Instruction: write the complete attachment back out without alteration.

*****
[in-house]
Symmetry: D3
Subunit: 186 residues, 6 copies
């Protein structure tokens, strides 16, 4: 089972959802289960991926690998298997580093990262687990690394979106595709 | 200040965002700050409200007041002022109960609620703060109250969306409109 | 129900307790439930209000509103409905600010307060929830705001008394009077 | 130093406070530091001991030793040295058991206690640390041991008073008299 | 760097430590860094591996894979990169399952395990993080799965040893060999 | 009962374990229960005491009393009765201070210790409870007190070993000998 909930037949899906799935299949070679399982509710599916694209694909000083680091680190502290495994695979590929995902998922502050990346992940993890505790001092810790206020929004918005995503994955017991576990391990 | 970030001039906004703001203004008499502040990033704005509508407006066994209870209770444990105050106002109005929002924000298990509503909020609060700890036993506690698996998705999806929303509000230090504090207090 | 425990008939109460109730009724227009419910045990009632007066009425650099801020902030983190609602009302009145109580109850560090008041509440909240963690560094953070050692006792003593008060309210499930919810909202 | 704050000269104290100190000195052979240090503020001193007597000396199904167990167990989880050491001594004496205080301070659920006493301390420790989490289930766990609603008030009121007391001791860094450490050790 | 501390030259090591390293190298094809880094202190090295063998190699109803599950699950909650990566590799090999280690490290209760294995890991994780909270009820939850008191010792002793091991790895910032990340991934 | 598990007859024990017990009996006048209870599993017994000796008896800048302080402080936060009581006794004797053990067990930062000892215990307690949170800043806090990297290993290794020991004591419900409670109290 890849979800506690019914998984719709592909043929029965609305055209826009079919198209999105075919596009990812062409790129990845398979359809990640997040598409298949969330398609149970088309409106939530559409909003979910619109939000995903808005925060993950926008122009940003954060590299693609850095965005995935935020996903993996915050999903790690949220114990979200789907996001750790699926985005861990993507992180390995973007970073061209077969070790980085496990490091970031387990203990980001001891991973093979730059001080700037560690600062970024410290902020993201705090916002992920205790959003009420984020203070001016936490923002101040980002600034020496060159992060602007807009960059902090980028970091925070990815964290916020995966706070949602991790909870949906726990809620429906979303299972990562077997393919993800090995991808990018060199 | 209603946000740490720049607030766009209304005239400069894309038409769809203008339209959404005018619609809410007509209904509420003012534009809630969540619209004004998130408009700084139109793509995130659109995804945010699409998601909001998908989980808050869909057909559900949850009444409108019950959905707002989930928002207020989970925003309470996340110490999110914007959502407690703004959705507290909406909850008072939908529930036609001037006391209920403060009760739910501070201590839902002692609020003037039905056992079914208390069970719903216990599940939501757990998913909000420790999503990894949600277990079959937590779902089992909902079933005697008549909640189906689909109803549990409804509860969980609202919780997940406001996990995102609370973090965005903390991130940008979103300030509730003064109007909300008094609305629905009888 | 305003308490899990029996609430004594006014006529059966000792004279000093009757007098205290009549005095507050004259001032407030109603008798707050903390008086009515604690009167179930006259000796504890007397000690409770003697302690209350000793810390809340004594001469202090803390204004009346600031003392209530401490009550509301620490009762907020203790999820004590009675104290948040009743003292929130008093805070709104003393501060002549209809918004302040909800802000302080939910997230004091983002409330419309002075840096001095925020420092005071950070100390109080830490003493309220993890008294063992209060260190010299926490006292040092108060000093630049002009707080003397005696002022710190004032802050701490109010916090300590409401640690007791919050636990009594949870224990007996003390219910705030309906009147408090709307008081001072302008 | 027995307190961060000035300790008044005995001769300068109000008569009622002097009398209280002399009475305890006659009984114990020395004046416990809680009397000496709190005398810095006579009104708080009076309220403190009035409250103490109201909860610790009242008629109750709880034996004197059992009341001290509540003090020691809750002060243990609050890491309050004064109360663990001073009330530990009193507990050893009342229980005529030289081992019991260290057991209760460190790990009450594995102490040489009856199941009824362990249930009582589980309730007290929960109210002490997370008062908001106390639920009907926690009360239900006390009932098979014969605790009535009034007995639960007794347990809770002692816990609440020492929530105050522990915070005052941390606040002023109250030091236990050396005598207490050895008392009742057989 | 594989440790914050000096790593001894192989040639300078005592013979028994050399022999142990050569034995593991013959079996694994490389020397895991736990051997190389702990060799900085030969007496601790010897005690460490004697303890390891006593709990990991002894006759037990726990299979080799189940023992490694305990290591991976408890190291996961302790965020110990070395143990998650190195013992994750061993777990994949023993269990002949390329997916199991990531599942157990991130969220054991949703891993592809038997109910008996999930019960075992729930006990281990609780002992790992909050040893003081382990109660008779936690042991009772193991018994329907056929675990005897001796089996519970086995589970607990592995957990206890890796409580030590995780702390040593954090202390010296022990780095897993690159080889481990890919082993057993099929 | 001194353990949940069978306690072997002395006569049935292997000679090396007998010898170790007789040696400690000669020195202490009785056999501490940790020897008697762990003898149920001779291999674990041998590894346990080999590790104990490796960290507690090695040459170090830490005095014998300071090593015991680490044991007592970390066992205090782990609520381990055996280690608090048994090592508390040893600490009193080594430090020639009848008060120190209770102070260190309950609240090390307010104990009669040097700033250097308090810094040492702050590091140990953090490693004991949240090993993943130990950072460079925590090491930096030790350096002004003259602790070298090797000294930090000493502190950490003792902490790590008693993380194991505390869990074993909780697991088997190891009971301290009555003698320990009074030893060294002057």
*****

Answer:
[in-house]
Symmetry: D3
Subunit: 186 residues, 6 copies
């Protein structure tokens, strides 16, 4: 089972959802289960991926690998298997580093990262687990690394979106595709 | 200040965002700050409200007041002022109960609620703060109250969306409109 | 129900307790439930209000509103409905600010307060929830705001008394009077 | 130093406070530091001991030793040295058991206690640390041991008073008299 | 760097430590860094591996894979990169399952395990993080799965040893060999 | 009962374990229960005491009393009765201070210790409870007190070993000998 909930037949899906799935299949070679399982509710599916694209694909000083680091680190502290495994695979590929995902998922502050990346992940993890505790001092810790206020929004918005995503994955017991576990391990 | 970030001039906004703001203004008499502040990033704005509508407006066994209870209770444990105050106002109005929002924000298990509503909020609060700890036993506690698996998705999806929303509000230090504090207090 | 425990008939109460109730009724227009419910045990009632007066009425650099801020902030983190609602009302009145109580109850560090008041509440909240963690560094953070050692006792003593008060309210499930919810909202 | 704050000269104290100190000195052979240090503020001193007597000396199904167990167990989880050491001594004496205080301070659920006493301390420790989490289930766990609603008030009121007391001791860094450490050790 | 501390030259090591390293190298094809880094202190090295063998190699109803599950699950909650990566590799090999280690490290209760294995890991994780909270009820939850008191010792002793091991790895910032990340991934 | 598990007859024990017990009996006048209870599993017994000796008896800048302080402080936060009581006794004797053990067990930062000892215990307690949170800043806090990297290993290794020991004591419900409670109290 890849979800506690019914998984719709592909043929029965609305055209826009079919198209999105075919596009990812062409790129990845398979359809990640997040598409298949969330398609149970088309409106939530559409909003979910619109939000995903808005925060993950926008122009940003954060590299693609850095965005995935935020996903993996915050999903790690949220114990979200789907996001750790699926985005861990993507992180390995973007970073061209077969070790980085496990490091970031387990203990980001001891991973093979730059001080700037560690600062970024410290902020993201705090916002992920205790959003009420984020203070001016936490923002101040980002600034020496060159992060602007807009960059902090980028970091925070990815964290916020995966706070949602991790909870949906726990809620429906979303299972990562077997393919993800090995991808990018060199 | 209603946000740490720049607030766009209304005239400069894309038409769809203008339209959404005018619609809410007509209904509420003012534009809630969540619209004004998130408009700084139109793509995130659109995804945010699409998601909001998908989980808050869909057909559900949850009444409108019950959905707002989930928002207020989970925003309470996340110490999110914007959502407690703004959705507290909406909850008072939908529930036609001037006391209920403060009760739910501070201590839902002692609020003037039905056992079914208390069970719903216990599940939501757990998913909000420790999503990894949600277990079959937590779902089992909902079933005697008549909640189906689909109803549990409804509860969980609202919780997940406001996990995102609370973090965005903390991130940008979103300030509730003064109007909300008094609305629905009888 | 305003308490899990029996609430004594006014006529059966000792004279000093009757007098205290009549005095507050004259001032407030109603008798707050903390008086009515604690009167179930006259000796504890007397000690409770003697302690209350000793810390809340004594001469202090803390204004009346600031003392209530401490009550509301620490009762907020203790999820004590009675104290948040009743003292929130008093805070709104003393501060002549209809918004302040909800802000302080939910997230004091983002409330419309002075840096001095925020420092005071950070100390109080830490003493309220993890008294063992209060260190010299926490006292040092108060000093630049002009707080003397005696002022710190004032802050701490109010916090300590409401640690007791919050636990009594949870224990007996003390219910705030309906009147408090709307008081001072302008 | 027995307190961060000035300790008044005995001769300068109000008569009622002097009398209280002399009475305890006659009984114990020395004046416990809680009397000496709190005398810095006579009104708080009076309220403190009035409250103490109201909860610790009242008629109750709880034996004197059992009341001290509540003090020691809750002060243990609050890491309050004064109360663990001073009330530990009193507990050893009342229980005529030289081992019991260290057991209760460190790990009450594995102490040489009856199941009824362990249930009582589980309730007290929960109210002490997370008062908001106390639920009907926690009360239900006390009932098979014969605790009535009034007995639960007794347990809770002692816990609440020492929530105050522990915070005052941390606040002023109250030091236990050396005598207490050895008392009742057989 | 594989440790914050000096790593001894192989040639300078005592013979028994050399022999142990050569034995593991013959079996694994490389020397895991736990051997190389702990060799900085030969007496601790010897005690460490004697303890390891006593709990990991002894006759037990726990299979080799189940023992490694305990290591991976408890190291996961302790965020110990070395143990998650190195013992994750061993777990994949023993269990002949390329997916199991990531599942157990991130969220054991949703891993592809038997109910008996999930019960075992729930006990281990609780002992790992909050040893003081382990109660008779936690042991009772193991018994329907056929675990005897001796089996519970086995589970607990592995957990206890890796409580030590995780702390040593954090202390010296022990780095897993690159080889481990890919082993057993099929 | 001194353990949940069978306690072997002395006569049935292997000679090396007998010898170790007789040696400690000669020195202490009785056999501490940790020897008697762990003898149920001779291999674990041998590894346990080999590790104990490796960290507690090695040459170090830490005095014998300071090593015991680490044991007592970390066992205090782990609520381990055996280690608090048994090592508390040893600490009193080594430090020639009848008060120190209770102070260190309950609240090390307010104990009669040097700033250097308090810094040492702050590091140990953090490693004991949240090993993943130990950072460079925590090491930096030790350096002004003259602790070298090797000294930090000493502190950490003792902490790590008693993380194991505390869990074993909780697991088997190891009971301290009555003698320990009074030893060294002057």